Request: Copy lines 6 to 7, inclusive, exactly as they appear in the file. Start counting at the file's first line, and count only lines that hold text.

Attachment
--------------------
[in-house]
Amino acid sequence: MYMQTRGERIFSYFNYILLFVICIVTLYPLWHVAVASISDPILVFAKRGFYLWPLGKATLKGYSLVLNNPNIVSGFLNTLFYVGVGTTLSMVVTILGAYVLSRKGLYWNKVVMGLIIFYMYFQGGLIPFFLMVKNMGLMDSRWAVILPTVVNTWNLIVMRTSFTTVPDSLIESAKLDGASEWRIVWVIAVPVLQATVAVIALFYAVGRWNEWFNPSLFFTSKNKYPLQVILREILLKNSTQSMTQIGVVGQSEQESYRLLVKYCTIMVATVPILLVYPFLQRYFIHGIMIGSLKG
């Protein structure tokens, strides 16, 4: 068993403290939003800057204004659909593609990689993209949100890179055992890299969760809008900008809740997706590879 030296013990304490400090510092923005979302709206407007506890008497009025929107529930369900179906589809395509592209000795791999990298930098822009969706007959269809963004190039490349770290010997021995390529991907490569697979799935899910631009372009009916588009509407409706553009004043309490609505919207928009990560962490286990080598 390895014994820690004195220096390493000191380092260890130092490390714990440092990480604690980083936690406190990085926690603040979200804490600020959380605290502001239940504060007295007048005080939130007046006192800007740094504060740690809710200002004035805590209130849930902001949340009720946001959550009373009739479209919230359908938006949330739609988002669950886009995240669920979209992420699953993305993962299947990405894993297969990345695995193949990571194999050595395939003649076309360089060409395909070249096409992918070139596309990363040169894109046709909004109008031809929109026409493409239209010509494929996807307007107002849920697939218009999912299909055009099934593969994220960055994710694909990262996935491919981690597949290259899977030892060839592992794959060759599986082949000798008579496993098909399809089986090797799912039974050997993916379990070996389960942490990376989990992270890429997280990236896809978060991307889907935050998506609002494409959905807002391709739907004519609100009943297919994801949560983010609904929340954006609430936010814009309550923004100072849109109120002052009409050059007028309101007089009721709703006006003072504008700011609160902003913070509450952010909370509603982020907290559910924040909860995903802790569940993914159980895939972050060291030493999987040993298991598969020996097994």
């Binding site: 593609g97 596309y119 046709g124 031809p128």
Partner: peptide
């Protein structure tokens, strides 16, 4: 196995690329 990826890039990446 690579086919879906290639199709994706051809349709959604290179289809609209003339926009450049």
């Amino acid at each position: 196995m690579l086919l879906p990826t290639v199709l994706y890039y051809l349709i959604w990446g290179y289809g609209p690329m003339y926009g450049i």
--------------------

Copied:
């Protein structure tokens, strides 16, 4: 196995690329 990826890039990446 690579086919879906290639199709994706051809349709959604290179289809609209003339926009450049």
């Amino acid at each position: 196995m690579l086919l879906p990826t290639v199709l994706y890039y051809l349709i959604w990446g290179y289809g609209p690329m003339y926009g450049i």